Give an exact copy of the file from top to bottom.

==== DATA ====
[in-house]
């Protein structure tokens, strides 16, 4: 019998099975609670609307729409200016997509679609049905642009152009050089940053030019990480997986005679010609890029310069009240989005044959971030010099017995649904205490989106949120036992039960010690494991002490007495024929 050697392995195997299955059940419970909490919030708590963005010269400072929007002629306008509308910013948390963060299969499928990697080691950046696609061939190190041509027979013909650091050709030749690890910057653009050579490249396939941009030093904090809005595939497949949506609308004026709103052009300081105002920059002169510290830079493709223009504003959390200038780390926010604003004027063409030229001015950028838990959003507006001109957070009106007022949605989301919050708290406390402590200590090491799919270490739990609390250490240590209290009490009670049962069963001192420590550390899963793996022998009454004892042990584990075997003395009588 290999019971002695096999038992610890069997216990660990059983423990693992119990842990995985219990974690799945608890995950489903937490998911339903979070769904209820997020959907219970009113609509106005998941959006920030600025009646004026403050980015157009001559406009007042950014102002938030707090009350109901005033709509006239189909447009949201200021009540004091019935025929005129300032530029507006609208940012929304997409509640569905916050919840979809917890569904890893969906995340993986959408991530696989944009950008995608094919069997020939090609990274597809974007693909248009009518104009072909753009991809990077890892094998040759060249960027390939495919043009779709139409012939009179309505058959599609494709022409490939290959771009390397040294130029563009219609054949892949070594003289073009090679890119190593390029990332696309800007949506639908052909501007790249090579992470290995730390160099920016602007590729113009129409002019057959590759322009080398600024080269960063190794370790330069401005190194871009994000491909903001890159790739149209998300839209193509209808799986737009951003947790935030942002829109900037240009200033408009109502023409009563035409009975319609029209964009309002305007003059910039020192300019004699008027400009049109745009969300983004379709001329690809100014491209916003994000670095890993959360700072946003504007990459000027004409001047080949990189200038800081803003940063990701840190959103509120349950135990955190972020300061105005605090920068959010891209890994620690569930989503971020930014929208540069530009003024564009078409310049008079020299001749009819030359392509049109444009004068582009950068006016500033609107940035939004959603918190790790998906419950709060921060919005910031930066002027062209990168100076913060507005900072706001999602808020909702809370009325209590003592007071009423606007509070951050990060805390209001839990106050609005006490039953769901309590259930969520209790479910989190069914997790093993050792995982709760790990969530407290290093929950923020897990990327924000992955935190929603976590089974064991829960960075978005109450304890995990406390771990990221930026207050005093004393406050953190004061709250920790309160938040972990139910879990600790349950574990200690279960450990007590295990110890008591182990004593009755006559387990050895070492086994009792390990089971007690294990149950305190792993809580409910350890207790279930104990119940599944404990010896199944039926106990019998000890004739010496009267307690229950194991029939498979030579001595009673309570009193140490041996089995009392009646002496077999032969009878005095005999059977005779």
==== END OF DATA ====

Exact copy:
[in-house]
């Protein structure tokens, strides 16, 4: 019998099975609670609307729409200016997509679609049905642009152009050089940053030019990480997986005679010609890029310069009240989005044959971030010099017995649904205490989106949120036992039960010690494991002490007495024929 050697392995195997299955059940419970909490919030708590963005010269400072929007002629306008509308910013948390963060299969499928990697080691950046696609061939190190041509027979013909650091050709030749690890910057653009050579490249396939941009030093904090809005595939497949949506609308004026709103052009300081105002920059002169510290830079493709223009504003959390200038780390926010604003004027063409030229001015950028838990959003507006001109957070009106007022949605989301919050708290406390402590200590090491799919270490739990609390250490240590209290009490009670049962069963001192420590550390899963793996022998009454004892042990584990075997003395009588 290999019971002695096999038992610890069997216990660990059983423990693992119990842990995985219990974690799945608890995950489903937490998911339903979070769904209820997020959907219970009113609509106005998941959006920030600025009646004026403050980015157009001559406009007042950014102002938030707090009350109901005033709509006239189909447009949201200021009540004091019935025929005129300032530029507006609208940012929304997409509640569905916050919840979809917890569904890893969906995340993986959408991530696989944009950008995608094919069997020939090609990274597809974007693909248009009518104009072909753009991809990077890892094998040759060249960027390939495919043009779709139409012939009179309505058959599609494709022409490939290959771009390397040294130029563009219609054949892949070594003289073009090679890119190593390029990332696309800007949506639908052909501007790249090579992470290995730390160099920016602007590729113009129409002019057959590759322009080398600024080269960063190794370790330069401005190194871009994000491909903001890159790739149209998300839209193509209808799986737009951003947790935030942002829109900037240009200033408009109502023409009563035409009975319609029209964009309002305007003059910039020192300019004699008027400009049109745009969300983004379709001329690809100014491209916003994000670095890993959360700072946003504007990459000027004409001047080949990189200038800081803003940063990701840190959103509120349950135990955190972020300061105005605090920068959010891209890994620690569930989503971020930014929208540069530009003024564009078409310049008079020299001749009819030359392509049109444009004068582009950068006016500033609107940035939004959603918190790790998906419950709060921060919005910031930066002027062209990168100076913060507005900072706001999602808020909702809370009325209590003592007071009423606007509070951050990060805390209001839990106050609005006490039953769901309590259930969520209790479910989190069914997790093993050792995982709760790990969530407290290093929950923020897990990327924000992955935190929603976590089974064991829960960075978005109450304890995990406390771990990221930026207050005093004393406050953190004061709250920790309160938040972990139910879990600790349950574990200690279960450990007590295990110890008591182990004593009755006559387990050895070492086994009792390990089971007690294990149950305190792993809580409910350890207790279930104990119940599944404990010896199944039926106990019998000890004739010496009267307690229950194991029939498979030579001595009673309570009193140490041996089995009392009646002496077999032969009878005095005999059977005779």